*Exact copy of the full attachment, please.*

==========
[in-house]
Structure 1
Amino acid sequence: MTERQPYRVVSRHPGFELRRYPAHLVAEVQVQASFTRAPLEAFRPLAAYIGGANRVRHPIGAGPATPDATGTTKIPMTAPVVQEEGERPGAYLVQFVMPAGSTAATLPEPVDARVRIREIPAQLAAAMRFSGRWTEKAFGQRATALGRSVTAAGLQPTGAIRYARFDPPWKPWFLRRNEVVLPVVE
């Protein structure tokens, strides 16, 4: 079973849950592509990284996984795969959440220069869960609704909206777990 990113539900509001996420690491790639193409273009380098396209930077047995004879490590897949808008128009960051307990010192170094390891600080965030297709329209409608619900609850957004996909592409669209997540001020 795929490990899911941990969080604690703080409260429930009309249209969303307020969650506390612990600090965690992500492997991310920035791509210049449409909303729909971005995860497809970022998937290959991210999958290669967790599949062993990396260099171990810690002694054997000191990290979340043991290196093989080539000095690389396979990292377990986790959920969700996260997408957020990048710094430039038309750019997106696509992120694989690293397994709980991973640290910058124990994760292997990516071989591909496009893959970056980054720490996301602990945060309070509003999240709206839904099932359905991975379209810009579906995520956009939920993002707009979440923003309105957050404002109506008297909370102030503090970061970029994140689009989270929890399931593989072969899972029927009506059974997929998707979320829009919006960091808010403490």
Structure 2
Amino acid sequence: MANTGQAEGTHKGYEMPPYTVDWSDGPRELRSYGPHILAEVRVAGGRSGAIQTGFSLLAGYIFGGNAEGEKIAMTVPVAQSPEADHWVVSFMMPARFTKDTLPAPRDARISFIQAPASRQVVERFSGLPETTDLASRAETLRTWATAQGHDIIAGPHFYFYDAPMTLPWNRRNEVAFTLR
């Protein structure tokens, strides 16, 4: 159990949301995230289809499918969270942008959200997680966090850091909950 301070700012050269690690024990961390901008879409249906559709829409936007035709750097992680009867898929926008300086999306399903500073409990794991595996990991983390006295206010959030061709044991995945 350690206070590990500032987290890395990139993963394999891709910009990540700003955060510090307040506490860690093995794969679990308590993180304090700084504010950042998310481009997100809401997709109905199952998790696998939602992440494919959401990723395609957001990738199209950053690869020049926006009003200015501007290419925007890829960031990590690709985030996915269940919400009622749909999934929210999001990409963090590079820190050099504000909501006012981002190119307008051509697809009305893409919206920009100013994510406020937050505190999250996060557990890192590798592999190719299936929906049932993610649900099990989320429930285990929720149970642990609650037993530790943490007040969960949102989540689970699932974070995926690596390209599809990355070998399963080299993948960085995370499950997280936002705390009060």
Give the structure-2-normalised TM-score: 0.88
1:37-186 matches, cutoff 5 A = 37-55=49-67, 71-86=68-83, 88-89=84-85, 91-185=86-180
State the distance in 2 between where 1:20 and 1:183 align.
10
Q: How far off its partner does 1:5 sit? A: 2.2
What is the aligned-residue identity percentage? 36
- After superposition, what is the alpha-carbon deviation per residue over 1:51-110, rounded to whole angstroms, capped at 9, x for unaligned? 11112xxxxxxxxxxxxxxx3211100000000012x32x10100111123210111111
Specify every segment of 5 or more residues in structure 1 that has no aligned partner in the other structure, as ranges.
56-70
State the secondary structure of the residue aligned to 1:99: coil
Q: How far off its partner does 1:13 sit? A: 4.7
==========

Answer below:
[in-house]
Structure 1
Amino acid sequence: MTERQPYRVVSRHPGFELRRYPAHLVAEVQVQASFTRAPLEAFRPLAAYIGGANRVRHPIGAGPATPDATGTTKIPMTAPVVQEEGERPGAYLVQFVMPAGSTAATLPEPVDARVRIREIPAQLAAAMRFSGRWTEKAFGQRATALGRSVTAAGLQPTGAIRYARFDPPWKPWFLRRNEVVLPVVE
């Protein structure tokens, strides 16, 4: 079973849950592509990284996984795969959440220069869960609704909206777990 990113539900509001996420690491790639193409273009380098396209930077047995004879490590897949808008128009960051307990010192170094390891600080965030297709329209409608619900609850957004996909592409669209997540001020 795929490990899911941990969080604690703080409260429930009309249209969303307020969650506390612990600090965690992500492997991310920035791509210049449409909303729909971005995860497809970022998937290959991210999958290669967790599949062993990396260099171990810690002694054997000191990290979340043991290196093989080539000095690389396979990292377990986790959920969700996260997408957020990048710094430039038309750019997106696509992120694989690293397994709980991973640290910058124990994760292997990516071989591909496009893959970056980054720490996301602990945060309070509003999240709206839904099932359905991975379209810009579906995520956009939920993002707009979440923003309105957050404002109506008297909370102030503090970061970029994140689009989270929890399931593989072969899972029927009506059974997929998707979320829009919006960091808010403490």
Structure 2
Amino acid sequence: MANTGQAEGTHKGYEMPPYTVDWSDGPRELRSYGPHILAEVRVAGGRSGAIQTGFSLLAGYIFGGNAEGEKIAMTVPVAQSPEADHWVVSFMMPARFTKDTLPAPRDARISFIQAPASRQVVERFSGLPETTDLASRAETLRTWATAQGHDIIAGPHFYFYDAPMTLPWNRRNEVAFTLR
């Protein structure tokens, strides 16, 4: 159990949301995230289809499918969270942008959200997680966090850091909950 301070700012050269690690024990961390901008879409249906559709829409936007035709750097992680009867898929926008300086999306399903500073409990794991595996990991983390006295206010959030061709044991995945 350690206070590990500032987290890395990139993963394999891709910009990540700003955060510090307040506490860690093995794969679990308590993180304090700084504010950042998310481009997100809401997709109905199952998790696998939602992440494919959401990723395609957001990738199209950053690869020049926006009003200015501007290419925007890829960031990590690709985030996915269940919400009622749909999934929210999001990409963090590079820190050099504000909501006012981002190119307008051509697809009305893409919206920009100013994510406020937050505190999250996060557990890192590798592999190719299936929906049932993610649900099990989320429930285990929720149970642990609650037993530790943490007040969960949102989540689970699932974070995926690596390209599809990355070998399963080299993948960085995370499950997280936002705390009060």
Give the structure-2-normalised TM-score: 0.88
1:37-186 matches, cutoff 5 A = 37-55=49-67, 71-86=68-83, 88-89=84-85, 91-185=86-180
State the distance in 2 between where 1:20 and 1:183 align.
10
Q: How far off its partner does 1:5 sit? A: 2.2
What is the aligned-residue identity percentage? 36
- After superposition, what is the alpha-carbon deviation per residue over 1:51-110, rounded to whole angstroms, capped at 9, x for unaligned? 11112xxxxxxxxxxxxxxx3211100000000012x32x10100111123210111111
Specify every segment of 5 or more residues in structure 1 that has no aligned partner in the other structure, as ranges.
56-70
State the secondary structure of the residue aligned to 1:99: coil
Q: How far off its partner does 1:13 sit? A: 4.7